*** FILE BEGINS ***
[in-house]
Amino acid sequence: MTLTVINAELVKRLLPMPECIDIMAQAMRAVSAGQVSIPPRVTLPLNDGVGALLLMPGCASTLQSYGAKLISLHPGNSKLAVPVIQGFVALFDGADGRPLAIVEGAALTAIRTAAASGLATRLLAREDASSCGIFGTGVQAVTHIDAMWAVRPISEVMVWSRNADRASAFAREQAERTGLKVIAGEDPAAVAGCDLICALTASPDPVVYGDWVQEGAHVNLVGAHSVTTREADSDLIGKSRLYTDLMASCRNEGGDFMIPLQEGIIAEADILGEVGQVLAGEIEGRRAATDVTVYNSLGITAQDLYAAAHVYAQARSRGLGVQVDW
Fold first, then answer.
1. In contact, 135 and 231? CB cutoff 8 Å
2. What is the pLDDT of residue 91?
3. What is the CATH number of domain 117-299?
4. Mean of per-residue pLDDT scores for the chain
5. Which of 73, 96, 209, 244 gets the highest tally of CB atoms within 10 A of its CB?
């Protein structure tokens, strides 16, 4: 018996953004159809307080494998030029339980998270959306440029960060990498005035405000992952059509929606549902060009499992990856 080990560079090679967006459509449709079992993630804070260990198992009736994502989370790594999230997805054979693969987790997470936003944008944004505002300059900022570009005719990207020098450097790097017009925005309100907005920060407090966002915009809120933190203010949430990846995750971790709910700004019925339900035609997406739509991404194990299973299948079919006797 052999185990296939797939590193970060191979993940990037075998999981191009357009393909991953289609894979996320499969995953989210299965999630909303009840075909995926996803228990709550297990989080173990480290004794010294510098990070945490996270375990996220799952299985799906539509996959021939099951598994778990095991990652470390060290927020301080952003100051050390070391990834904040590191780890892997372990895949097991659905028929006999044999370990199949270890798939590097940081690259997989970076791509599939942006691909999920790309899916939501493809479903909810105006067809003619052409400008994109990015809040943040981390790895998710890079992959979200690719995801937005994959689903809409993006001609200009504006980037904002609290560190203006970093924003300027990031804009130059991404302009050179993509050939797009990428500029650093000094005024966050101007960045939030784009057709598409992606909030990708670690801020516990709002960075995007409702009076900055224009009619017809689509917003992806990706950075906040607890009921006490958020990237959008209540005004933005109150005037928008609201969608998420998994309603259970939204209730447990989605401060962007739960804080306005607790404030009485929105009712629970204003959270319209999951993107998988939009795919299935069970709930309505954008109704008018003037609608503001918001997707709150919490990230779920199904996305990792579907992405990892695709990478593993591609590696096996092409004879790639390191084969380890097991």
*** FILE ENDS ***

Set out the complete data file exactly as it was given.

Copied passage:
[in-house]
Amino acid sequence: MTLTVINAELVKRLLPMPECIDIMAQAMRAVSAGQVSIPPRVTLPLNDGVGALLLMPGCASTLQSYGAKLISLHPGNSKLAVPVIQGFVALFDGADGRPLAIVEGAALTAIRTAAASGLATRLLAREDASSCGIFGTGVQAVTHIDAMWAVRPISEVMVWSRNADRASAFAREQAERTGLKVIAGEDPAAVAGCDLICALTASPDPVVYGDWVQEGAHVNLVGAHSVTTREADSDLIGKSRLYTDLMASCRNEGGDFMIPLQEGIIAEADILGEVGQVLAGEIEGRRAATDVTVYNSLGITAQDLYAAAHVYAQARSRGLGVQVDW
Fold first, then answer.
1. In contact, 135 and 231? CB cutoff 8 Å
2. What is the pLDDT of residue 91?
3. What is the CATH number of domain 117-299?
4. Mean of per-residue pLDDT scores for the chain
5. Which of 73, 96, 209, 244 gets the highest tally of CB atoms within 10 A of its CB?
């Protein structure tokens, strides 16, 4: 018996953004159809307080494998030029339980998270959306440029960060990498005035405000992952059509929606549902060009499992990856 080990560079090679967006459509449709079992993630804070260990198992009736994502989370790594999230997805054979693969987790997470936003944008944004505002300059900022570009005719990207020098450097790097017009925005309100907005920060407090966002915009809120933190203010949430990846995750971790709910700004019925339900035609997406739509991404194990299973299948079919006797 052999185990296939797939590193970060191979993940990037075998999981191009357009393909991953289609894979996320499969995953989210299965999630909303009840075909995926996803228990709550297990989080173990480290004794010294510098990070945490996270375990996220799952299985799906539509996959021939099951598994778990095991990652470390060290927020301080952003100051050390070391990834904040590191780890892997372990895949097991659905028929006999044999370990199949270890798939590097940081690259997989970076791509599939942006691909999920790309899916939501493809479903909810105006067809003619052409400008994109990015809040943040981390790895998710890079992959979200690719995801937005994959689903809409993006001609200009504006980037904002609290560190203006970093924003300027990031804009130059991404302009050179993509050939797009990428500029650093000094005024966050101007960045939030784009057709598409992606909030990708670690801020516990709002960075995007409702009076900055224009009619017809689509917003992806990706950075906040607890009921006490958020990237959008209540005004933005109150005037928008609201969608998420998994309603259970939204209730447990989605401060962007739960804080306005607790404030009485929105009712629970204003959270319209999951993107998988939009795919299935069970709930309505954008109704008018003037609608503001918001997707709150919490990230779920199904996305990792579907992405990892695709990478593993591609590696096996092409004879790639390191084969380890097991």